3. Incorporated into the Church by Baptism, every Christian is called to be a missionary and witness. This is the Lord's explicit mandate. The Holy Spirit sends every baptized person to proclaim and bear witness to Christ to all nations: a duty then and a privilege, since it is an invitation to co-operate with God for the salvation of each individual and all humanity. Indeed, we have been granted "this grace ... to preach to the Gentiles the unsearchable riches of Christ" (Eph 3:8).

Just as the Spirit transformed the first band of disciples into courageous apostles of the Lord and enlightened preachers of his word, he continues to prepare witnesses to the Gospel in our times...

4. World Mission Sunday reminds us all of this duty and this "grace" of communicating to men not "merely human wisdom, a pseudo-science of well-being" (Redemptoris missio, n. 11), but the joyful experience of a "living presence" which must be apparent in every baptized person, stirring up in others as my venerable predecessor Paul VI pointed out—"irresistible questions: Why are they like this? Why do they live in this way?" (Evangelii nuntiandi, n. 21). Thus mission "means witness and a way of life that shines out to others" (Redemptoris missio, n. 26). In fact, if we are truly docile to the action of the Spirit, we will succeed in reflecting and radiating to others the Mystery of love that dwells within us (cf. Jn 14:23). We are its witnesses. Witnesses of shining integral faith, of active, patient and kindly charity (cf. 1 Cor 13:4), of service for the many forms of poverty experienced by contemporary man. Witnesses of the hope that does not disappoint and of the deep communion which reflects the life of God the Trinity, of obedience and the Cross: in short, witnesses of holiness, "people of the Beatitudes", called to be perfect as the heavenly Father is perfect (cf. Mt 5:48). Such is the identity of the Christian witness: he is a copy, a "sign", a "living radiance" of Jesus.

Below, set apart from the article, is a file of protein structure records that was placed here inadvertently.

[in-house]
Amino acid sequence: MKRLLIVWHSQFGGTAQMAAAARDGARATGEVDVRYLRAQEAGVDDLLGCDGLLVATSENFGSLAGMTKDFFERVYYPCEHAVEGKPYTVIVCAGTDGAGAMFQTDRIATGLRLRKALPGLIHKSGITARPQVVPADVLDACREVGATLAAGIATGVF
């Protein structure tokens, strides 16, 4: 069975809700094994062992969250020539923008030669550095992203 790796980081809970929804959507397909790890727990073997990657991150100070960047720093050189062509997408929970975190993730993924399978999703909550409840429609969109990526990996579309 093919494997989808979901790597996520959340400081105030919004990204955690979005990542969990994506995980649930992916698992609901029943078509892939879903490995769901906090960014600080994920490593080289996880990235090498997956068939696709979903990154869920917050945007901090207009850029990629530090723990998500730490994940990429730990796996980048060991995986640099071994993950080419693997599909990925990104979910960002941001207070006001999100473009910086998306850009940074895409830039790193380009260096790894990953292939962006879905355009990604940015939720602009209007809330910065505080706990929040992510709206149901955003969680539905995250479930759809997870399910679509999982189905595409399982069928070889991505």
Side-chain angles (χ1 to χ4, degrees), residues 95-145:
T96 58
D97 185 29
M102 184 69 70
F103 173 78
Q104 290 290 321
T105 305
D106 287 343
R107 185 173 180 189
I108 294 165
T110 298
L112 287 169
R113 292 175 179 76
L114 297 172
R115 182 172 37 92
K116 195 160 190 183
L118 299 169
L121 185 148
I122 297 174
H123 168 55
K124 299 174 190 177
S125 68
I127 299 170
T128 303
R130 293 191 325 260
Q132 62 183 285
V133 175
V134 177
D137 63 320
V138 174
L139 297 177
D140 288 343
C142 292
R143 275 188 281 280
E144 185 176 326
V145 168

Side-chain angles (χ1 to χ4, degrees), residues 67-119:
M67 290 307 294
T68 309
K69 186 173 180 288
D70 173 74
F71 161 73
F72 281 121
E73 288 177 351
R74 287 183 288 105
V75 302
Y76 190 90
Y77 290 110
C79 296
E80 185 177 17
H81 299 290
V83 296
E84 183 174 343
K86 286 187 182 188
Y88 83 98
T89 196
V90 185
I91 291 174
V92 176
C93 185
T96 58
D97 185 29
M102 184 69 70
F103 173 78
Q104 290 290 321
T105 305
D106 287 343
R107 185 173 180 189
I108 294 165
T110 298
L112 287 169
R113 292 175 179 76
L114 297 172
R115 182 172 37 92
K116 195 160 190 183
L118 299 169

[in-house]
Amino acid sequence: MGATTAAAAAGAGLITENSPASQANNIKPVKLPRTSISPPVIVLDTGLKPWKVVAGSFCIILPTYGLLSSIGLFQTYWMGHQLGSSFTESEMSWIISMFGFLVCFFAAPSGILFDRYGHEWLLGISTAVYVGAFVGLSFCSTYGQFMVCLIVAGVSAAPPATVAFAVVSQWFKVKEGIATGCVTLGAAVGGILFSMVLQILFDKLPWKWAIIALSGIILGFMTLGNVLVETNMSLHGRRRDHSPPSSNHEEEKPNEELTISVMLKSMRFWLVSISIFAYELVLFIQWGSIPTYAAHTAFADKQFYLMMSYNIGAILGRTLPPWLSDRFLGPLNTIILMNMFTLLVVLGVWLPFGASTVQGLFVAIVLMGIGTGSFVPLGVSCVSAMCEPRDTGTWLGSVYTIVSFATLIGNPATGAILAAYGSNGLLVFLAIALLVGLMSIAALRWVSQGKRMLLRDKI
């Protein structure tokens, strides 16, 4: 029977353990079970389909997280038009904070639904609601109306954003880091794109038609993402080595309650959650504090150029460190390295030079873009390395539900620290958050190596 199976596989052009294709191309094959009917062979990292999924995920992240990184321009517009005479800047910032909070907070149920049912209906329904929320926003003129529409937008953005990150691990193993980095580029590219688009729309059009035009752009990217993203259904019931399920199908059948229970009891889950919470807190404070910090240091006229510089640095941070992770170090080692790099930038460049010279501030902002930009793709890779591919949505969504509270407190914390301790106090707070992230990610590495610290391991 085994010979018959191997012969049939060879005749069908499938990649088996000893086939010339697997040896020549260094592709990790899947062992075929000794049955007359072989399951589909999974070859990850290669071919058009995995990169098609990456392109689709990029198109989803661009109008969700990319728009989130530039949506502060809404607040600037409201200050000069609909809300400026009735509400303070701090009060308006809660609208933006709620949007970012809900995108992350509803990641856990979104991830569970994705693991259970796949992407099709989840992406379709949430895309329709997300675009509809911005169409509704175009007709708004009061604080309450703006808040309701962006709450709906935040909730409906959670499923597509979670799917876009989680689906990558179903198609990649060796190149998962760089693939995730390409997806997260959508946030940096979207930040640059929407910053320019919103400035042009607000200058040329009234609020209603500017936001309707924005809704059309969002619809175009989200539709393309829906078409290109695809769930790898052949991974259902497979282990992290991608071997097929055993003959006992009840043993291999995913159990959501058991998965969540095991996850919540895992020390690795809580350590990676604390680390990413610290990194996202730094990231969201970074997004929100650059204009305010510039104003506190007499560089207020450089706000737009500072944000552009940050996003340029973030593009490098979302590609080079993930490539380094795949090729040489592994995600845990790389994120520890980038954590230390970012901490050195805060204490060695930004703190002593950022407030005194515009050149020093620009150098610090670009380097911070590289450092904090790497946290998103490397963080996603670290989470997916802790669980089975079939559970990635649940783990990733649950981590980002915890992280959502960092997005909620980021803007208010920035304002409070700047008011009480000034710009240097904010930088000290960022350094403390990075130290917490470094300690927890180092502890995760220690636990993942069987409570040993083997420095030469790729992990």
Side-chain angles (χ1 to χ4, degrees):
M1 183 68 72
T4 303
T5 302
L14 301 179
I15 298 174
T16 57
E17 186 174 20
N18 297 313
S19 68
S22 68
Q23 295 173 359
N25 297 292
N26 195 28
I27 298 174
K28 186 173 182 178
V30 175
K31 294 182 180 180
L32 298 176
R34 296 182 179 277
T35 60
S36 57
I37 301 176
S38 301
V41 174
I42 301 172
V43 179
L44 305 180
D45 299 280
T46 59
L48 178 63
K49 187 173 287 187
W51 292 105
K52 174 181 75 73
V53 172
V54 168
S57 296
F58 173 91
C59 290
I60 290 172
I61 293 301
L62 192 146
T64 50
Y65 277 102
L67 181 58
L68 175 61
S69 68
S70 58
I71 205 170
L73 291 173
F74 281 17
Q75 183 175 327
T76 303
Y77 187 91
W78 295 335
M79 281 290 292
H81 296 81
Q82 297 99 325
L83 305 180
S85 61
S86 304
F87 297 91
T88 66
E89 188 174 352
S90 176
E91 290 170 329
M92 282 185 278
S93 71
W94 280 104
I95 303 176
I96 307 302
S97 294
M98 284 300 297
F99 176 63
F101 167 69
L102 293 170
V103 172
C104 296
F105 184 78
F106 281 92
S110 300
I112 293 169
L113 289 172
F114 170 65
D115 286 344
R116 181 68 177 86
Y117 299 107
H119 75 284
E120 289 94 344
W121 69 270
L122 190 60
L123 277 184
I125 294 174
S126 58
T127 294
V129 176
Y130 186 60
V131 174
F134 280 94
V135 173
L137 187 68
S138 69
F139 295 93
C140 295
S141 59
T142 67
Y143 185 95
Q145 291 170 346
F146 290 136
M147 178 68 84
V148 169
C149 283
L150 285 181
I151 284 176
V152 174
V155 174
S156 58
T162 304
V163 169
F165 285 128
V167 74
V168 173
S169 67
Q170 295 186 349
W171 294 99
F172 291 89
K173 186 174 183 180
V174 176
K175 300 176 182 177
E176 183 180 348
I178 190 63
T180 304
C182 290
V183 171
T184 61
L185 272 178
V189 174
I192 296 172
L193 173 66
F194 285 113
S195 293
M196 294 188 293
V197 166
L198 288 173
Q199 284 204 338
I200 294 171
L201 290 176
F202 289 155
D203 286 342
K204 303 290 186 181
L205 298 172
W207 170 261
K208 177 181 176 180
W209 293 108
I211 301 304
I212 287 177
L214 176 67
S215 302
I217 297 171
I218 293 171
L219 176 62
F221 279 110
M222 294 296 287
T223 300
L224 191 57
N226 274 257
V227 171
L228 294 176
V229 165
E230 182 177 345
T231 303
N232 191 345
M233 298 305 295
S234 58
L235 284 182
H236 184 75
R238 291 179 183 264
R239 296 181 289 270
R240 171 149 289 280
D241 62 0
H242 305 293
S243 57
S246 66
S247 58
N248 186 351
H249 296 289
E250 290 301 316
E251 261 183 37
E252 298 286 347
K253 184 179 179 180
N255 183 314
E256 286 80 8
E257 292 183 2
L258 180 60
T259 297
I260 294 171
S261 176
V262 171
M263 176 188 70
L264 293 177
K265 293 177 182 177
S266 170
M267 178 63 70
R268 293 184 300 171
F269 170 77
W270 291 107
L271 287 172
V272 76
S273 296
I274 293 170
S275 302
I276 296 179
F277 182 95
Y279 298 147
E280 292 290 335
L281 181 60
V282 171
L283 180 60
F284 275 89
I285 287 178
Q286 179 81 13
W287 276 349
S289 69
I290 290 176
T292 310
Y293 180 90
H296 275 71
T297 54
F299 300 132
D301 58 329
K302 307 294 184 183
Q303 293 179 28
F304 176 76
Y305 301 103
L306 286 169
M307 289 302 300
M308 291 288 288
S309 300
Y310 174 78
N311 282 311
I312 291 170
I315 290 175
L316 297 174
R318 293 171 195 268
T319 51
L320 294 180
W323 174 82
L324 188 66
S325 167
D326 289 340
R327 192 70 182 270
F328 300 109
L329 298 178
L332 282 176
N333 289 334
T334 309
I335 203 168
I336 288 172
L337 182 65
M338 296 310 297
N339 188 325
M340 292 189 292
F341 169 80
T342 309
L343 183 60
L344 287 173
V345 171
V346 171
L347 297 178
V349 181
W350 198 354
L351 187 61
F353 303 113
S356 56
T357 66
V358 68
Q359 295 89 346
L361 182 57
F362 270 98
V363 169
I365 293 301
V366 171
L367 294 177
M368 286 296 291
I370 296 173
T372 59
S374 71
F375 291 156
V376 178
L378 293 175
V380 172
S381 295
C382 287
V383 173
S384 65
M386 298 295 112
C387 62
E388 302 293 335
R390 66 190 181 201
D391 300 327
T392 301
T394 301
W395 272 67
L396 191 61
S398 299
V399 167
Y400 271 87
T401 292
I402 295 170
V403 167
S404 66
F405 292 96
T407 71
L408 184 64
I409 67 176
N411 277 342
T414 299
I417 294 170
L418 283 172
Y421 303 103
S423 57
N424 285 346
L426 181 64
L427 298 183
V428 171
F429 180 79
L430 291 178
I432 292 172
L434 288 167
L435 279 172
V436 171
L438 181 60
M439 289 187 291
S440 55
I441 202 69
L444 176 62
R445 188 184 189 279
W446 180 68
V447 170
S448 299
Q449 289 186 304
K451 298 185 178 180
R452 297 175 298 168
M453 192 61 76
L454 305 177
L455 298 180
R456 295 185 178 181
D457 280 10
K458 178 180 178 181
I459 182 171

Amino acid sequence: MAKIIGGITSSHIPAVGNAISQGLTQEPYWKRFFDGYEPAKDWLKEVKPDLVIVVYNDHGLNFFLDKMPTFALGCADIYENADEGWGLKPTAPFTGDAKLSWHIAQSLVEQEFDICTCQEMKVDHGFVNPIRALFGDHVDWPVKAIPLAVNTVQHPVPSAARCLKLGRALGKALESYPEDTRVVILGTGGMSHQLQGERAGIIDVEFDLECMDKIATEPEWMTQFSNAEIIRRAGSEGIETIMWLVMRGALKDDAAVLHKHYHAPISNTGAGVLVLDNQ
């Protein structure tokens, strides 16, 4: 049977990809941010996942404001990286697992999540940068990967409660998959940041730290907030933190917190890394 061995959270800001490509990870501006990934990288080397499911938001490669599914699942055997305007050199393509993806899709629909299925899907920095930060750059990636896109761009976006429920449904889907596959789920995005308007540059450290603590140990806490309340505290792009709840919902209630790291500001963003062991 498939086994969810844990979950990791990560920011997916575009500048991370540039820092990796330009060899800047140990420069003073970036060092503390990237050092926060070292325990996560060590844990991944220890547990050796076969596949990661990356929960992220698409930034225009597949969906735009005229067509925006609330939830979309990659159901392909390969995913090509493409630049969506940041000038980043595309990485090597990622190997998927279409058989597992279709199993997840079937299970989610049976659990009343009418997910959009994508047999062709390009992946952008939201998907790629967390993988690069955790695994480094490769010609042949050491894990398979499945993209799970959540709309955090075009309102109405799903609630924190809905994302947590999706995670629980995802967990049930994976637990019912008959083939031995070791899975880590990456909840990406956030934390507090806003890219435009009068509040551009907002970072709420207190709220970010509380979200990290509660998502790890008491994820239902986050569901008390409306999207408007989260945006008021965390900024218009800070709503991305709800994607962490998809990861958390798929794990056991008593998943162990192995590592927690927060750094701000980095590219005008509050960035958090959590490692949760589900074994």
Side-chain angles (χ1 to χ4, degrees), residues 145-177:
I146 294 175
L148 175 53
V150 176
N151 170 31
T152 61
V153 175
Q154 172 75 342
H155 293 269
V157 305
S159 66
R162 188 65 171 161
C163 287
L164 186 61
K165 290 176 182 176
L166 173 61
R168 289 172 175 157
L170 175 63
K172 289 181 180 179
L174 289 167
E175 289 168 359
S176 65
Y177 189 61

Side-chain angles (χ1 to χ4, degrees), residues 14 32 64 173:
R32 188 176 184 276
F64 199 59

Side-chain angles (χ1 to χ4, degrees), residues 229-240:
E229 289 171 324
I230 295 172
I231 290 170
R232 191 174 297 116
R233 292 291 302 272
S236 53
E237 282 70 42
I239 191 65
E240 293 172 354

New martyrs are giving heroic testimony